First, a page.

This is the second of two books in a series involving Laura Chambers, an investigative reporter who has returned to her small town in central North Carolina. While this certainly is a book you can read as a stand alone, I recommend you start with the first book of the series, “Last Girl Gone.” I suggest this because Hetherton’s writing is so worth reading and there are definite references to the past (first book) in “What Lies Beneath.” I knew right away that this would be part thriller, part heartbreaking, part just lovely, lovely writing. Laura grew up on a 100 acre farm that abutted her friend Emily Merritt’s 100 acre farm. Laura’s father was a drunk with PTSD from serving in Vietnam, but she fiercely loved him and learned from him about hunting, how not to get lost in a cornfield and about making her way in the world, no matter what it throws at her. She is only semi-successful at this. Her now asthmatic mother has always been indifferent, narcissistic and hard on Laura. To eight year old Laura, the Merritts were picture perfect, kind and loving.with both Emily and Laura. Both families lives are hardscrabble. When the girls are eight, they are separated by a tragedy and we are brought to present day Hillsborough. The local newspaper editor, Bass is thrilled to have a talented and experienced staffer and gives Laura a long leash. At the outset, Laura is following and writing about the imminent execution of the “Shotgun Slayer,” a man who spent twenty years on death row and has reached the end of his appeals. Her interests abruptly turn to a new story when Laura is called to an accident scene to identify the victim. The last number the victim called was Laura’s and Laura has no idea who she is. Laura’s past investigative work has not endeared her to one of the local police officers and none of them are her buddies. One is outright hostile to her. She catches up with a close friend who is retired from the force. He has a bloodhound. Together, they begin to find pieces of information leading to a very, very well kept secret that puts them in danger. At first, I thought the mystery was going to be too obvious. Every single clue is there but the resolution is definitely not obvious. Several of the characters are richly drawn and the writing is so good I finished this book in less than a day. I love the complex use of language, some parts that are lyrical and references that show the writer is a deep thinker. But it is an easy book to read. As perfect as it gets in my world: sophisticated but not a slog. I am very very stingy with five stars but realized I liked this that much. I’ve also secured a copy of the first book and hope Hetherton writes and publishes anything at all because he deserves our attention. Thank you to NetGalley for this ARC of this yet to be published book. Quick! Get the first one so you are ready for this.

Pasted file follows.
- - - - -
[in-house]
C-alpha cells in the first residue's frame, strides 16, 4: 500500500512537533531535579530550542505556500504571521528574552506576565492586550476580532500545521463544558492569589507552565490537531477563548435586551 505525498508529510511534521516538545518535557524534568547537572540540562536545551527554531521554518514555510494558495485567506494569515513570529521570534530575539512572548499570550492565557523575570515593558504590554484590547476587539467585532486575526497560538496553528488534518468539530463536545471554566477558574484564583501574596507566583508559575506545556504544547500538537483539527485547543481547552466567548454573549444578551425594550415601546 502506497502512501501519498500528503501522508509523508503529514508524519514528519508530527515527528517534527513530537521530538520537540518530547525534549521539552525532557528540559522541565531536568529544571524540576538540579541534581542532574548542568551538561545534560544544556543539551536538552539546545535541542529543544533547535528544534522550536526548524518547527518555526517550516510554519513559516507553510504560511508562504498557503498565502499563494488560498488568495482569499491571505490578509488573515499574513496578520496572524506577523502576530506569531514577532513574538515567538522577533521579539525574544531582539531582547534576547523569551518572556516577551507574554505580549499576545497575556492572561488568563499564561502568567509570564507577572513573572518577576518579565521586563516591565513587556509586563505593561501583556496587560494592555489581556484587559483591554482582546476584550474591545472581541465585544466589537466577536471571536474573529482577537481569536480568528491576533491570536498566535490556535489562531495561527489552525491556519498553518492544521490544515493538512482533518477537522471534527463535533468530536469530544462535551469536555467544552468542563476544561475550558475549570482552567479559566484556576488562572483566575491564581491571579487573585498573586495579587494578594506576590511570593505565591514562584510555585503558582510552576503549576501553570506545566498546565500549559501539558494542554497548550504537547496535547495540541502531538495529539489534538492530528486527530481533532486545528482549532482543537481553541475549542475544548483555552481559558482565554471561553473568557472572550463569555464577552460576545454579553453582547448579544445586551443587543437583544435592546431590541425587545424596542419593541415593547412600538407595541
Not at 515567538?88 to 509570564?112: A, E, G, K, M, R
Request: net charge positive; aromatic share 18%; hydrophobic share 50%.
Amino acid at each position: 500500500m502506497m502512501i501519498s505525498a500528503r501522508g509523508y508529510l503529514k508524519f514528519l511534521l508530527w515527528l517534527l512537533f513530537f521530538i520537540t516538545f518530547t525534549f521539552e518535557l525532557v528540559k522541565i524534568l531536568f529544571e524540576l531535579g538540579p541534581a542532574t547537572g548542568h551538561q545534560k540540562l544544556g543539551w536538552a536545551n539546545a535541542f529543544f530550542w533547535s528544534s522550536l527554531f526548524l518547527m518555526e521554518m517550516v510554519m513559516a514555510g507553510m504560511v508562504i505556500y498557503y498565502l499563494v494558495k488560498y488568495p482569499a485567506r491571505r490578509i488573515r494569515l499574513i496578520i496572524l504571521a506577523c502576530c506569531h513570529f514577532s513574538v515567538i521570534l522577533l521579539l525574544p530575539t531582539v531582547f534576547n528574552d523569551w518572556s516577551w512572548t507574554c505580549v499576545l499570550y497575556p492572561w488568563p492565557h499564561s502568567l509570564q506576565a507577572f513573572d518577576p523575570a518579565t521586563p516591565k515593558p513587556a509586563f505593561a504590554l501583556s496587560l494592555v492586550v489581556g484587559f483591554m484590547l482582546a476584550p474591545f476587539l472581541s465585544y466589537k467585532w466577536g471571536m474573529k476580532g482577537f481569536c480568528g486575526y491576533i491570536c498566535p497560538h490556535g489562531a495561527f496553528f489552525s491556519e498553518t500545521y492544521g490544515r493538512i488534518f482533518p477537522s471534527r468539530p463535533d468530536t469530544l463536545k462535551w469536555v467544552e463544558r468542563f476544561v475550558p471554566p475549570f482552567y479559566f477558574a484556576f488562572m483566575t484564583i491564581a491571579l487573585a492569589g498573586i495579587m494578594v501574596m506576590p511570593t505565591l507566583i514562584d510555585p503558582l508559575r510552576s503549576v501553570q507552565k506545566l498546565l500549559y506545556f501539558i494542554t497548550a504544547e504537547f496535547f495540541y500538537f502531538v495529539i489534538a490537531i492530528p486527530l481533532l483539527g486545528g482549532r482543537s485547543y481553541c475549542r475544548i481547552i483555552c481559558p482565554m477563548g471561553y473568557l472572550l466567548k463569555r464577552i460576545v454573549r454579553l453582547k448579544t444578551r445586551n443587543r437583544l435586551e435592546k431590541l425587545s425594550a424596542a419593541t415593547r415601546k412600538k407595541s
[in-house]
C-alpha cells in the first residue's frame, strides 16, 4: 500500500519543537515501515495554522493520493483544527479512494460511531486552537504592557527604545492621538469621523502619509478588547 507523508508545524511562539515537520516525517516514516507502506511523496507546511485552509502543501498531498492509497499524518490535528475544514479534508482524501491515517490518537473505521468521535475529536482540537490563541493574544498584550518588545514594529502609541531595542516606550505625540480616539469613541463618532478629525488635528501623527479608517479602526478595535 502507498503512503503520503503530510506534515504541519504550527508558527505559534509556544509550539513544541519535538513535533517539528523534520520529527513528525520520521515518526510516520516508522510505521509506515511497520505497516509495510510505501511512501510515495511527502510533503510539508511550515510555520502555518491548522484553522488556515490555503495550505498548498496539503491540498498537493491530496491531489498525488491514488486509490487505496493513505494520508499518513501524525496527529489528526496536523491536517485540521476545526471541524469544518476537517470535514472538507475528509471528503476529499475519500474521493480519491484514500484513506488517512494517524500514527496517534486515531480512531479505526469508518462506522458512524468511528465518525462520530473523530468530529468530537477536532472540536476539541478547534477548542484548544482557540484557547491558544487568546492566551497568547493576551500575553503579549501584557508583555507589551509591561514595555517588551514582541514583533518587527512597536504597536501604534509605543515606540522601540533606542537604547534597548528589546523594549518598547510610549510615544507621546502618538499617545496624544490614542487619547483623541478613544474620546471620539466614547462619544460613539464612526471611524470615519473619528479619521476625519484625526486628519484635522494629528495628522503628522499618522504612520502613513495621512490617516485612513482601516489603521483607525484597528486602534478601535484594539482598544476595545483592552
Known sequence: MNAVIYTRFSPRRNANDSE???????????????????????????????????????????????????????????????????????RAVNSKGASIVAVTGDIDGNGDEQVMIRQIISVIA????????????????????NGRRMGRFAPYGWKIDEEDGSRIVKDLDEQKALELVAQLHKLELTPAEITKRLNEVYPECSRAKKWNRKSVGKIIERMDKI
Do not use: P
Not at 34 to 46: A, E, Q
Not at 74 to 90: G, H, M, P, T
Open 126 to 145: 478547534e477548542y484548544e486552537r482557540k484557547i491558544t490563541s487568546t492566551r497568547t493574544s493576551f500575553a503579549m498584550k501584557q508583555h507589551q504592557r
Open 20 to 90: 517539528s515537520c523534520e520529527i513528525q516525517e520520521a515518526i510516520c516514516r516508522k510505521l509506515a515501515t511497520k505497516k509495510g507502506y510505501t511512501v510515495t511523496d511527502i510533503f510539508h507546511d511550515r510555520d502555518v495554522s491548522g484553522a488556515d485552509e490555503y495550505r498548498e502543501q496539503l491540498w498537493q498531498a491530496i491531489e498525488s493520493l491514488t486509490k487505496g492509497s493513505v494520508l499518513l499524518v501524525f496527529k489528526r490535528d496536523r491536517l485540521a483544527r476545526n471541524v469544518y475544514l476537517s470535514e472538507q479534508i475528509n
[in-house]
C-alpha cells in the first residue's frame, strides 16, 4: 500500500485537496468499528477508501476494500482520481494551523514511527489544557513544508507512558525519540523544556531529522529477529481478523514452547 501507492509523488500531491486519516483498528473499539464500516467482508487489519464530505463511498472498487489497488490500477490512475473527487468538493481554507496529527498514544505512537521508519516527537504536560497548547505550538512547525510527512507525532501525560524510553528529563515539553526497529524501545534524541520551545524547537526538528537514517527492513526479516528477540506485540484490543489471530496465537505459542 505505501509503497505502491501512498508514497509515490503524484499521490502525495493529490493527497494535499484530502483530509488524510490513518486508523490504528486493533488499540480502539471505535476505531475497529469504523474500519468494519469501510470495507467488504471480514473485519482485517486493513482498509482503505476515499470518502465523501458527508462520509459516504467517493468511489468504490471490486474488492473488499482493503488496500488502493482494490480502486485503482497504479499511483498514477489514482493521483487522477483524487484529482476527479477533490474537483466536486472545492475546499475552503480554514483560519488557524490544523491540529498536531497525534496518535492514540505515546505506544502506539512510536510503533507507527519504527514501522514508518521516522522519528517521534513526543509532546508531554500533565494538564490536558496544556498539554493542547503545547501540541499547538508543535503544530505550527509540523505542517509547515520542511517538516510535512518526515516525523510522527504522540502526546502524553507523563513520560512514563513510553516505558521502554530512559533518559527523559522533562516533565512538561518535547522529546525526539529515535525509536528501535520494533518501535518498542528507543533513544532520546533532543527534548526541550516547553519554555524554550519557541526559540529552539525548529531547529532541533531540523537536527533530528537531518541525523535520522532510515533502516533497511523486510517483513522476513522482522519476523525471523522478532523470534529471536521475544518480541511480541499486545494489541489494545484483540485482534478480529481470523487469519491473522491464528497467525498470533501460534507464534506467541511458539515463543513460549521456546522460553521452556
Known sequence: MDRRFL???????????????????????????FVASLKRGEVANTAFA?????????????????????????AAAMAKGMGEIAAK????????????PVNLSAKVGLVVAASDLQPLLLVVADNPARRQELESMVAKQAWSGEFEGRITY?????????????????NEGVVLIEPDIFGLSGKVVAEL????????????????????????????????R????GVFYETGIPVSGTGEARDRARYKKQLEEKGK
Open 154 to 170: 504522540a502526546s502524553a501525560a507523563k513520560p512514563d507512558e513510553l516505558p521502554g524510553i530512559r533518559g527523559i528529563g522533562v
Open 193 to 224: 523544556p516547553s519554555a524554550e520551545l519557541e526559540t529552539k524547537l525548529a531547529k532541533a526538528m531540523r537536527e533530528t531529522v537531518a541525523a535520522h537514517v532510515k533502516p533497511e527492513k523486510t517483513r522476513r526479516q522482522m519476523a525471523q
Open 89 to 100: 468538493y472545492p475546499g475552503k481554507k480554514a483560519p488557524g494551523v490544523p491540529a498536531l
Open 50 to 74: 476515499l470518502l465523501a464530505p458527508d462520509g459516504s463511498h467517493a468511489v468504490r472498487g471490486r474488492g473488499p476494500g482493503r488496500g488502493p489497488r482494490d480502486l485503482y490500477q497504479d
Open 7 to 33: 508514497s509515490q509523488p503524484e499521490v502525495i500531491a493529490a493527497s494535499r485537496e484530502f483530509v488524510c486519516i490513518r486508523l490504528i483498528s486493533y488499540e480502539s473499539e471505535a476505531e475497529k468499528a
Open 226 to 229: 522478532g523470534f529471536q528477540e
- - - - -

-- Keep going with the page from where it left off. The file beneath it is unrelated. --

Published by Emily Leader
I have been an avid reader since Dick and Jane met Sally. At age 7, I read my parents' first edition of "To Kill a Mockingbird." I am a retired lawyer and so read almost only fiction for pleasure. I'm adding in nonfiction these days, largely on social justice matters but also history, biography, and weird topics that catch my imagination. I used to read only serially, one book at a time. Presently, I read paperbacks, hardcovers, listen to audible, listen to CDs and read online through Net Galley. Covid-19 has caused me to read a lot so I have re-upped my Goodreads challenge for 2021 and am starting to review at least my favorite finds annd, perhaps, some stinkers. View all posts by Emily Leader